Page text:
Cassowary Coast Regional Council was formed in 2008 by the amalgamation of Cardwell and Johnstone Shires. It has an area of 4701 sq km. Its northern boundary is about 8 km north of Innisfail and its southern boundary is an irregular line inland from the south of Hinchinbrook Island.
The flightless endemic cassowary casuarius stands about 1.5 to 2 metres high and is found in the tropical scrubs, particularly in the vicinity of Cardwell. Although a shy bird, the cassowary has powerful legs that can inflict death. It is also a strong runner and swimmer.
The Regional Council's northern part was the former Johnstone Shire (1639 sq km), about one-third of its area. Cardwell Shire had an area of 3062 sq km. The east-west boundary between the shires was between Mission Beach and Wongaling Beach.
Much of the former Cardwell Shire is national park, the home of the cassowary. It also included Hinchinbrook Island.
Cassowary Coast Regional Council is linked north to south by the Bruce Highway and the North Coast railway, the latter completed in stages between 1922 and 1924. Several timber and sugar towns grew along the railway, aided by soldier settlement after World War I. After World War II coastal towns developed. Dunk Island, with its resident author, E.J. Banfield, had put the area on the imaginative map, and Wongaling Beach and Mission Beach are a short way north.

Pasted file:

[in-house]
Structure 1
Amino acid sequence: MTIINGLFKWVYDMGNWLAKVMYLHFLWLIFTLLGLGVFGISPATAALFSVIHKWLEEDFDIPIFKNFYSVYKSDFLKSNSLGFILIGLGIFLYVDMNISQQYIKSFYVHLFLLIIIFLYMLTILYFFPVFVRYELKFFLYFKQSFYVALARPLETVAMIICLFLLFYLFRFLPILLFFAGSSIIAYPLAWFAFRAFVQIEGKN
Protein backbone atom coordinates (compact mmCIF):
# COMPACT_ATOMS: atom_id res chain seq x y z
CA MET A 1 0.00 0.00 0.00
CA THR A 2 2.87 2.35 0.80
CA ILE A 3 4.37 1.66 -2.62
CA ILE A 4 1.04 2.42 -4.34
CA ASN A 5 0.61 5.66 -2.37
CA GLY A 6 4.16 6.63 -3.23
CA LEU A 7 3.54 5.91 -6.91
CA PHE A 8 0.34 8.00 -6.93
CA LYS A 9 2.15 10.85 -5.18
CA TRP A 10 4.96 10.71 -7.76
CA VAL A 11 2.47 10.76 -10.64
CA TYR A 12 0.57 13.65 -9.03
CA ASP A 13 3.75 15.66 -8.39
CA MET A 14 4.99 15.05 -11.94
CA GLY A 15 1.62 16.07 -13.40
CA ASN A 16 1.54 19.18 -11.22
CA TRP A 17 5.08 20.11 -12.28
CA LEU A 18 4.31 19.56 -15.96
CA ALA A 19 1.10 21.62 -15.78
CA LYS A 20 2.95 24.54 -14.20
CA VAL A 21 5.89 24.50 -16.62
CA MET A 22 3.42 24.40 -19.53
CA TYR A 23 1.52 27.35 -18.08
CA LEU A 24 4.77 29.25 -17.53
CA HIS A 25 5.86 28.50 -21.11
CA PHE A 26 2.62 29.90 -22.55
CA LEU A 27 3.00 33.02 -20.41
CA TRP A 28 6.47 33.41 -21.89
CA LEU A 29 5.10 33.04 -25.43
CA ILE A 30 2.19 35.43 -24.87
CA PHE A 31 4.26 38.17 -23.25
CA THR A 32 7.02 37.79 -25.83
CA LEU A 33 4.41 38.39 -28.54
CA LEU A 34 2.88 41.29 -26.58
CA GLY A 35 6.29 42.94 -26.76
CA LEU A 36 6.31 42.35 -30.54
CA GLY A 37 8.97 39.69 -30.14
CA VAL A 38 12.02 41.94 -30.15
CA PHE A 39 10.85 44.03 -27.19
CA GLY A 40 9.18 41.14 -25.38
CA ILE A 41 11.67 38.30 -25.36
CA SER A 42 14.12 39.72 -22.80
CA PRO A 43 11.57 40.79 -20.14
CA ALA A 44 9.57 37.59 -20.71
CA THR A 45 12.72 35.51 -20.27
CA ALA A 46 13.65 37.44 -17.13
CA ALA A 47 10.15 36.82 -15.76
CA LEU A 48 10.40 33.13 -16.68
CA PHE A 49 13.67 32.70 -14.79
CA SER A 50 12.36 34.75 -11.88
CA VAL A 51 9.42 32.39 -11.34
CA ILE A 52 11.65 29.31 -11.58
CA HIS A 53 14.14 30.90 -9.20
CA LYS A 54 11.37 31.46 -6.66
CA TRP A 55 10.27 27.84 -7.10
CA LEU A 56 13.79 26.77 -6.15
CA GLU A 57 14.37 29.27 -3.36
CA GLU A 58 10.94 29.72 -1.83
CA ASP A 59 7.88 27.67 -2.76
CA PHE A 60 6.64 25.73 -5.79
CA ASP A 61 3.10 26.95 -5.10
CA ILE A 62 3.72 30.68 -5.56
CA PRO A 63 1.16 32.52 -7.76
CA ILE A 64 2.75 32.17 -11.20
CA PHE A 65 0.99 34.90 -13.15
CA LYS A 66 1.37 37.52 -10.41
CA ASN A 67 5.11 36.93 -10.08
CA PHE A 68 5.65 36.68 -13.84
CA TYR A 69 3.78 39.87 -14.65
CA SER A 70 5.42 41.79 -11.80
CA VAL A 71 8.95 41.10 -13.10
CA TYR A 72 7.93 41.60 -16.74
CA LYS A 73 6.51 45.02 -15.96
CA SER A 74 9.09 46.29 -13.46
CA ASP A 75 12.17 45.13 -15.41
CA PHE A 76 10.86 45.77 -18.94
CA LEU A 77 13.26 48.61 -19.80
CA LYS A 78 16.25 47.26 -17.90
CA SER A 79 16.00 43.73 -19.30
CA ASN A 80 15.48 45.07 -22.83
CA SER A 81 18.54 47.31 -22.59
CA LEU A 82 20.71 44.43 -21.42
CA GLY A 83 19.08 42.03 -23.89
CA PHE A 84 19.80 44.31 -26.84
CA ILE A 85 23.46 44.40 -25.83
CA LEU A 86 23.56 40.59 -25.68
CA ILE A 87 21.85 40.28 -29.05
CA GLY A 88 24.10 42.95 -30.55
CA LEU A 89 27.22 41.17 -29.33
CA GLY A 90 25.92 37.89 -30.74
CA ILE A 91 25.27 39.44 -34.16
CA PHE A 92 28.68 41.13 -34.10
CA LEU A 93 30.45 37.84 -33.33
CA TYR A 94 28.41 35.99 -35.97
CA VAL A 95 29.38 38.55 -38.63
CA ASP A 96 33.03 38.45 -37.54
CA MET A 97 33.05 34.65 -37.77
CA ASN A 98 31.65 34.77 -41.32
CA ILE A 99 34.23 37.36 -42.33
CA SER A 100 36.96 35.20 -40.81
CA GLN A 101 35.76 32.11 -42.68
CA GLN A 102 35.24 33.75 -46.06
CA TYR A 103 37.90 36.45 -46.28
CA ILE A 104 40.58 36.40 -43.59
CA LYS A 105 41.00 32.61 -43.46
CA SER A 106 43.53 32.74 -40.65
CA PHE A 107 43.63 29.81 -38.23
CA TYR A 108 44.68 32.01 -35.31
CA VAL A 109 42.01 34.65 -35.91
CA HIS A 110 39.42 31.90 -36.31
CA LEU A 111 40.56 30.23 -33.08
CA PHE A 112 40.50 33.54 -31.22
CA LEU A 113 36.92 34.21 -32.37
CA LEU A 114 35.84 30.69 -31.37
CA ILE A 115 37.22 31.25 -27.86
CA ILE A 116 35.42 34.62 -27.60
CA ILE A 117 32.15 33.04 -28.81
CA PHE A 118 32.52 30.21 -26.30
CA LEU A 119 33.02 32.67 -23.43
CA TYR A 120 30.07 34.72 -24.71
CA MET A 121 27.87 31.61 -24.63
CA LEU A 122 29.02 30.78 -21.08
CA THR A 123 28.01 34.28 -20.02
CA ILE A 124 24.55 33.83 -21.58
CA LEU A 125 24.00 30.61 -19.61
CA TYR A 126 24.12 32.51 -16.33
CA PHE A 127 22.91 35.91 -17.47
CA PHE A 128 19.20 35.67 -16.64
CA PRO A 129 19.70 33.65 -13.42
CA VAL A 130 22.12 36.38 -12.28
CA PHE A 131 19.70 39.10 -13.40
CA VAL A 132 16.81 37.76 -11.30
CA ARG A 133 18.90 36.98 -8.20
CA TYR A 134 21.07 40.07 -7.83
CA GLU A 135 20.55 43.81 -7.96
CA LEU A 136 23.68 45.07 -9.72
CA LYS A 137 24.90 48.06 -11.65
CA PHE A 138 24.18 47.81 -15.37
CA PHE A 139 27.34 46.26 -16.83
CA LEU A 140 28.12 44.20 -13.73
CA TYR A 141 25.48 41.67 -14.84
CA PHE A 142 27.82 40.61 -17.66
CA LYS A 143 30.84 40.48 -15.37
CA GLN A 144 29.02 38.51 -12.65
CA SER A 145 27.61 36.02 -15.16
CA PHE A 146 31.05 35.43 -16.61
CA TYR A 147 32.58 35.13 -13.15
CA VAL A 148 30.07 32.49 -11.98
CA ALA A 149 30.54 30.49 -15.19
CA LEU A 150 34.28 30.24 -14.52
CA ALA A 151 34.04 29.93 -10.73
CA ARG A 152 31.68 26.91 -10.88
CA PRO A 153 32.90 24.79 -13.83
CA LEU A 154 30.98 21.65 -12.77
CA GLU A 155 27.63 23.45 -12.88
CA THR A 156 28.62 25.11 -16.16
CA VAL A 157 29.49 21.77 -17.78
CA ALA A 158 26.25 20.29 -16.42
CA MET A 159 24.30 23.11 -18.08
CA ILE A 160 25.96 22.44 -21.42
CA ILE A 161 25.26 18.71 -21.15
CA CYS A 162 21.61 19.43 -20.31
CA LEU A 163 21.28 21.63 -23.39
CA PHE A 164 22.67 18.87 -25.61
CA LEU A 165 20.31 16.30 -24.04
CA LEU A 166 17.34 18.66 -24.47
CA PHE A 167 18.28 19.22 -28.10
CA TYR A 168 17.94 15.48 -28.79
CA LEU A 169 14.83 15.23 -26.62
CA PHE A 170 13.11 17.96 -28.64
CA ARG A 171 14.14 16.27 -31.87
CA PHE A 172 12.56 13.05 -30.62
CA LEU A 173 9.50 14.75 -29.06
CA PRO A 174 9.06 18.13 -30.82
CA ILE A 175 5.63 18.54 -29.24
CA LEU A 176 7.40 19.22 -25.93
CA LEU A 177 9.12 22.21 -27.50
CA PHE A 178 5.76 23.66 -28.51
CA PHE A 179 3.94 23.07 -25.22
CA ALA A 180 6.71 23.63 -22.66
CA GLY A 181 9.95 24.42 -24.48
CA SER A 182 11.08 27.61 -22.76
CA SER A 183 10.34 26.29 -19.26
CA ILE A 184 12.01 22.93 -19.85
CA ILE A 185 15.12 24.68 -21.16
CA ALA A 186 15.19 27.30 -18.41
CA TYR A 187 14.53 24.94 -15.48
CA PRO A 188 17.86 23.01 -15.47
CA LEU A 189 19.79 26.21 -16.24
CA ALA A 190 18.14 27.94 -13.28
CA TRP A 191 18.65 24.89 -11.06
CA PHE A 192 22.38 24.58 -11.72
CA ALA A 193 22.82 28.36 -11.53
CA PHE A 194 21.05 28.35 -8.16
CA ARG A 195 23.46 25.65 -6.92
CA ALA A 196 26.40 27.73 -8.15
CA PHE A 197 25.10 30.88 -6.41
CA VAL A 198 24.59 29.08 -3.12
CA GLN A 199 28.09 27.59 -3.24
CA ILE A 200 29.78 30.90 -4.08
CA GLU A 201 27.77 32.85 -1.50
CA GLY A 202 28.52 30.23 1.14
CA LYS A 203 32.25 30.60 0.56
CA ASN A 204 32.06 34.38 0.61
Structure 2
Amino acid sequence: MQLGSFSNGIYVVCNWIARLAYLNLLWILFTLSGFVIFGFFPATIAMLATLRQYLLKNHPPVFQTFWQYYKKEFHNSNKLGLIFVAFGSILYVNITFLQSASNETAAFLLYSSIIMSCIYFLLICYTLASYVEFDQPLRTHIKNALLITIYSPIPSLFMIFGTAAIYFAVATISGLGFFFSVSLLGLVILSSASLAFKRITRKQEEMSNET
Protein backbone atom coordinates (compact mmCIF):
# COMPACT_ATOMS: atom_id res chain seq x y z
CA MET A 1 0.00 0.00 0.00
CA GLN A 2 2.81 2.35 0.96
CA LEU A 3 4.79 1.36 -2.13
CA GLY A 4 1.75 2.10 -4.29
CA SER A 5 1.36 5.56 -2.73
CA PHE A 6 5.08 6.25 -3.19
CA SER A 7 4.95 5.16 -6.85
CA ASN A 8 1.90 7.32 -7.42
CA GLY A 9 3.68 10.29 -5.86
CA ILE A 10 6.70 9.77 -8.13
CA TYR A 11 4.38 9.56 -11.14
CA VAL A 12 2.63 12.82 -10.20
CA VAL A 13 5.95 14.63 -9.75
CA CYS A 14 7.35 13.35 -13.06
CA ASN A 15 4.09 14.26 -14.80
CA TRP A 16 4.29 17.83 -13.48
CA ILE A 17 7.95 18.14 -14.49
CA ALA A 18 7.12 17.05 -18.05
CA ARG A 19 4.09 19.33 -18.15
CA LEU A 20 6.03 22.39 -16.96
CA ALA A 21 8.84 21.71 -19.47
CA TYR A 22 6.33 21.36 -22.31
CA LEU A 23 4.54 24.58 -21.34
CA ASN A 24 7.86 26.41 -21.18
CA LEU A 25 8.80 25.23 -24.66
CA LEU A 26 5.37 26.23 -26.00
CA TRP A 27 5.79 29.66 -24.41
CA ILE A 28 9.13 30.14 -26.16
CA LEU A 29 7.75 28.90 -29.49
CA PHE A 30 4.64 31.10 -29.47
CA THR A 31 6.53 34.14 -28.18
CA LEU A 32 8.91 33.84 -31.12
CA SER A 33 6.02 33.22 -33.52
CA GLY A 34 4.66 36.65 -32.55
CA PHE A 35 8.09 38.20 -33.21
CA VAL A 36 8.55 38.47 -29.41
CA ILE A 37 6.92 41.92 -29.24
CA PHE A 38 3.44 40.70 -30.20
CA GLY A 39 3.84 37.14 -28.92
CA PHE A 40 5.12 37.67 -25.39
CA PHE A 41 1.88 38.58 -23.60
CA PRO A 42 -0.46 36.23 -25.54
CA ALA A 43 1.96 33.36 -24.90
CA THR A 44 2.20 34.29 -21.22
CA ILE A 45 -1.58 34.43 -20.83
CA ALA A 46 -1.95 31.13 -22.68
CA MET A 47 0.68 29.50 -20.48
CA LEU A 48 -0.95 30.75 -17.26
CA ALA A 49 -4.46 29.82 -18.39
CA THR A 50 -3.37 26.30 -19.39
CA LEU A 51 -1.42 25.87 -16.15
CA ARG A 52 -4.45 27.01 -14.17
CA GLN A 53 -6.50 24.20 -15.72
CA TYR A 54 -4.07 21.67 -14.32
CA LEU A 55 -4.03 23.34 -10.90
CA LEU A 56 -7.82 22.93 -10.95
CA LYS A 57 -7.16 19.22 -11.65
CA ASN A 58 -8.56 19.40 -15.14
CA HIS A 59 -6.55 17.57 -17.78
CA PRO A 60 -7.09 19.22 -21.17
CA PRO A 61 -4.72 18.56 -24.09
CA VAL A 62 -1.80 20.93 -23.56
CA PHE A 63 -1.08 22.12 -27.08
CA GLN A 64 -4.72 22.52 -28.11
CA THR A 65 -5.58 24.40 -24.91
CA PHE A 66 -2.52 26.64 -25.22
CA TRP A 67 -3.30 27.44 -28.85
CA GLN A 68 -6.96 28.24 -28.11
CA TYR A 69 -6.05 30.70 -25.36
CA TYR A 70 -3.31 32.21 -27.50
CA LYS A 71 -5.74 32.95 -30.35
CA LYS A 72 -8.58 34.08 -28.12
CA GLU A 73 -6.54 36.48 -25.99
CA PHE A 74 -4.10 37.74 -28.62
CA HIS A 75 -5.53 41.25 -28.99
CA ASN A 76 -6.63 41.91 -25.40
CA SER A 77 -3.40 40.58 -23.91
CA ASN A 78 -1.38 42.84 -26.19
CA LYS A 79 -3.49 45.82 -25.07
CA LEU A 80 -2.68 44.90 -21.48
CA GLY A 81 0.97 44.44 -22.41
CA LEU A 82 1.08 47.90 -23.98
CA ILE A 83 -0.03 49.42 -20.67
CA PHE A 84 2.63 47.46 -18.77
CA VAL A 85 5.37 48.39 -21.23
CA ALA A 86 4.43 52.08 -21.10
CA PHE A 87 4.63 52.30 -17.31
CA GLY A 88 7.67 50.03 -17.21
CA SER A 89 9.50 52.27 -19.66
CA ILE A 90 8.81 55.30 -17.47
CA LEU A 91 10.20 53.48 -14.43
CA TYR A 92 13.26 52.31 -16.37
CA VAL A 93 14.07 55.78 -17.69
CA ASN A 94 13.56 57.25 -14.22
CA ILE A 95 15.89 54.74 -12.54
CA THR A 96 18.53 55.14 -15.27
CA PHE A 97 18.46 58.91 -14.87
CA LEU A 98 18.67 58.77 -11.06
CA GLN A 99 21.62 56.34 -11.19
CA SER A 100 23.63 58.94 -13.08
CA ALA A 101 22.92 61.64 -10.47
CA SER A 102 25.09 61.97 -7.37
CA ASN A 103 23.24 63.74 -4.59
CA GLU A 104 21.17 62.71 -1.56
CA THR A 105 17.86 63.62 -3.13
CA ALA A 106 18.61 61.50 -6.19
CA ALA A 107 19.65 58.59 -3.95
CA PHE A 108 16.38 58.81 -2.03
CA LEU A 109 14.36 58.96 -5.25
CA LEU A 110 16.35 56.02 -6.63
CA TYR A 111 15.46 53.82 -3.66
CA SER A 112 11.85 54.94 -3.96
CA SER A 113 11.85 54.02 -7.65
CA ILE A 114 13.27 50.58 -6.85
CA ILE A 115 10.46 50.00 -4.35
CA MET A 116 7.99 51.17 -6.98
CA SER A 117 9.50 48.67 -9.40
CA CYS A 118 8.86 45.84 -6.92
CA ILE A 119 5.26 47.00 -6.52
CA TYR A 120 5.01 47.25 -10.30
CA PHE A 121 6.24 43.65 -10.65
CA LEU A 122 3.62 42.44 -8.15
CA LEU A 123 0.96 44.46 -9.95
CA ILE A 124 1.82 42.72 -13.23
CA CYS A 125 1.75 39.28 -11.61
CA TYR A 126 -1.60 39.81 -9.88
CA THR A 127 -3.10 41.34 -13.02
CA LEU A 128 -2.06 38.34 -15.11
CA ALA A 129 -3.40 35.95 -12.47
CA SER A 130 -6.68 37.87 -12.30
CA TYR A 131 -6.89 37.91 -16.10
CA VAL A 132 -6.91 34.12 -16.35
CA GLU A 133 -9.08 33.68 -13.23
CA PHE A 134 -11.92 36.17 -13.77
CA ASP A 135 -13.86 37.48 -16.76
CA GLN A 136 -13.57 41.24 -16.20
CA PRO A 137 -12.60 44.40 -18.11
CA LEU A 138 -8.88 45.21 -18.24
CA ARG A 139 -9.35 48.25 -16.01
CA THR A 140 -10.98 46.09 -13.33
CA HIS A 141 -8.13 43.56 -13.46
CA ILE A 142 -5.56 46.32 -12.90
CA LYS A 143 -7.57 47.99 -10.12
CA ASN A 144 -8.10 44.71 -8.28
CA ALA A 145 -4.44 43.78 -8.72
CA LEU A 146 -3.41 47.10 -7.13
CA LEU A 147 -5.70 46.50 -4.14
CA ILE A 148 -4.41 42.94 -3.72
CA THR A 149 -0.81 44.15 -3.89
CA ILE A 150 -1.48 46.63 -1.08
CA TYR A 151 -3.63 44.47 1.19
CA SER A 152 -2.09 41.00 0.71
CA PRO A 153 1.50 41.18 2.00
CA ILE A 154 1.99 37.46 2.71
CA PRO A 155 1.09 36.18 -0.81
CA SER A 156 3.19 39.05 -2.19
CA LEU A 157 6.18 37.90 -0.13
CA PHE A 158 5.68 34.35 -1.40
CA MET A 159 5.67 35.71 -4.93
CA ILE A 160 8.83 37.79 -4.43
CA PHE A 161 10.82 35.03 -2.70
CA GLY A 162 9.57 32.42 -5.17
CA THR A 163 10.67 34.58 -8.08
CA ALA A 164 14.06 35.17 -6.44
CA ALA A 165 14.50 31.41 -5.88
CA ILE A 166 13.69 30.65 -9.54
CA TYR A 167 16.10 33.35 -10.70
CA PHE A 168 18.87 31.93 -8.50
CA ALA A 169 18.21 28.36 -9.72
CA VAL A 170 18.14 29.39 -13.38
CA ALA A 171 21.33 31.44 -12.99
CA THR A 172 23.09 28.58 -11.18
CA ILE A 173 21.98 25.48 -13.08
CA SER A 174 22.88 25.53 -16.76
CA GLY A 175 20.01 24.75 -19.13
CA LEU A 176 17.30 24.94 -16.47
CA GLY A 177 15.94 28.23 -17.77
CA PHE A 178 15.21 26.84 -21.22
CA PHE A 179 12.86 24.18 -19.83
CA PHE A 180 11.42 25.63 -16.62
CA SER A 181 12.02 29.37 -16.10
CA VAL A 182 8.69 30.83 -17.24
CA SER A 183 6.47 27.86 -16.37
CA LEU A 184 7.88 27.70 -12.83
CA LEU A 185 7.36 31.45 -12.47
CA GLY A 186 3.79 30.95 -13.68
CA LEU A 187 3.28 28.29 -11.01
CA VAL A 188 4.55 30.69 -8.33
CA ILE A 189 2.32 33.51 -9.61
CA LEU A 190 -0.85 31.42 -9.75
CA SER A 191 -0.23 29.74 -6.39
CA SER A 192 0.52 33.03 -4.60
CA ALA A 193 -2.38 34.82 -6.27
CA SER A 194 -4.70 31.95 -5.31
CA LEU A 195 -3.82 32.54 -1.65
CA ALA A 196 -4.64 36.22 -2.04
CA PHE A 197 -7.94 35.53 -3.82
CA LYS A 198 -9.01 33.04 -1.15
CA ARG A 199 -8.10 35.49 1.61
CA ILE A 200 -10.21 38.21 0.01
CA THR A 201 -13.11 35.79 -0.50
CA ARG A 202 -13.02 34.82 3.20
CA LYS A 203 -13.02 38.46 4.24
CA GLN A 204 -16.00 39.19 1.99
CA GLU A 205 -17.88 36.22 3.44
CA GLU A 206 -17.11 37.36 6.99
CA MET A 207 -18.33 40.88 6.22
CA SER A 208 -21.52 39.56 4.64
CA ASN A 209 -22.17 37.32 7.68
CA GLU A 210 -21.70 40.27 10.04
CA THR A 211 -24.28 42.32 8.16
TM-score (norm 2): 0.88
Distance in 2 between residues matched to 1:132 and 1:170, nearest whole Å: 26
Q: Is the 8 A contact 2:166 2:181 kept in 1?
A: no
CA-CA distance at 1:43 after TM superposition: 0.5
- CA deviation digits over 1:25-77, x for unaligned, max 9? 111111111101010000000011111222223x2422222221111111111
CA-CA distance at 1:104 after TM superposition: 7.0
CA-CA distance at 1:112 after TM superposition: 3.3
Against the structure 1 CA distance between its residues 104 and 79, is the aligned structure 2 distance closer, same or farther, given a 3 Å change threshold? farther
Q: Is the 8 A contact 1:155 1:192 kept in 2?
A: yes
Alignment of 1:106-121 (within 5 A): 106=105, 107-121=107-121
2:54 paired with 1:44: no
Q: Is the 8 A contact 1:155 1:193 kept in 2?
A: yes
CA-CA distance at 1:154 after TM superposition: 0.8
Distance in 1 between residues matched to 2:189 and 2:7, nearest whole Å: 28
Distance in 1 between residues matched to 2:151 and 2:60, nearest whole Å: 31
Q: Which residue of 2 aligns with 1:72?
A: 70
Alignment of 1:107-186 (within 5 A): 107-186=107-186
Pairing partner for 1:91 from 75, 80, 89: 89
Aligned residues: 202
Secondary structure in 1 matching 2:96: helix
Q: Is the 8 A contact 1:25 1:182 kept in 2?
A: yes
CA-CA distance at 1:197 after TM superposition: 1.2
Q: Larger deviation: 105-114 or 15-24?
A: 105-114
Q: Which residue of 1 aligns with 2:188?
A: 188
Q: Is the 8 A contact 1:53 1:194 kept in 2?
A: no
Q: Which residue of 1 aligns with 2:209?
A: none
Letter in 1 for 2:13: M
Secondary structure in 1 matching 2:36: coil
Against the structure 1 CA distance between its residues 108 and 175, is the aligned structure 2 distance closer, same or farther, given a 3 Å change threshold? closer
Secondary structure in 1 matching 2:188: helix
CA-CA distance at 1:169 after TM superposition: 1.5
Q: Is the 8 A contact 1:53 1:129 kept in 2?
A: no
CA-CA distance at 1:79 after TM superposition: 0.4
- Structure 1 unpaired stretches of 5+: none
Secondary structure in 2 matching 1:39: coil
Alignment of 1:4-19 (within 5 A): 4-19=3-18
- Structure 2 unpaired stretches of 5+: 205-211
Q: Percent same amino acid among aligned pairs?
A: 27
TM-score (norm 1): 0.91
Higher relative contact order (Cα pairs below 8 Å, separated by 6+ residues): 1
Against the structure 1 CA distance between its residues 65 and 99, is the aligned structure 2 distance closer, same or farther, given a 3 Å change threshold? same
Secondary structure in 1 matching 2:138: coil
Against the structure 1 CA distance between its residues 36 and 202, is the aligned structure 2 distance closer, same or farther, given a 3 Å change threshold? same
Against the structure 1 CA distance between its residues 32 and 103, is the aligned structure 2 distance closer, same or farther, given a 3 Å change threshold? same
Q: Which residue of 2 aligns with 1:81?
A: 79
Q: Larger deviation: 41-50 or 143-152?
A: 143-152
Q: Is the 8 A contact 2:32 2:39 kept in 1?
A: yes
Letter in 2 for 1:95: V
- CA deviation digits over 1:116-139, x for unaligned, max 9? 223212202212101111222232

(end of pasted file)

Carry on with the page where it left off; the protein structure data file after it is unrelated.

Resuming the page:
As Innisfail and Cardwell are toward the north and south extremities of the regional council's area, the municipal offices are in the more central Tully.
On 3 February 2011, the Category 5 Cyclone Yasi crossed the Queensland coast, centred on the area of Mission Beach and Cardwell which approximates the middle of the Regional Council’s coastline. The effects of the cyclone were damaging as far away as Cairns and Townsville. All of the Council’s coastal towns, from Innisfail to Ingham were damaged; Cardwell, Mission Beach and Tully were very severely damaged.
After the cyclone supplies of fresh water had to be brought in to all of the Council’s above mentioned towns, together with El Arish and Silkwood. Six hundred Army personnel plus SES (State Emergency Services) volunteers were brought in on the day of the cyclone to help with the clean-up. Within six weeks there was 150,000 cubic metres of compacted mulch generated from felled trees and vegetation. Habitat and food for the endangered cassowary and mahogany glider were in short supply after Yasi, and food drops and feeding stations were provided.
The census population of Cassowary Coast Regional Council have been:
Cardwell Shire and Johnstone Shire entries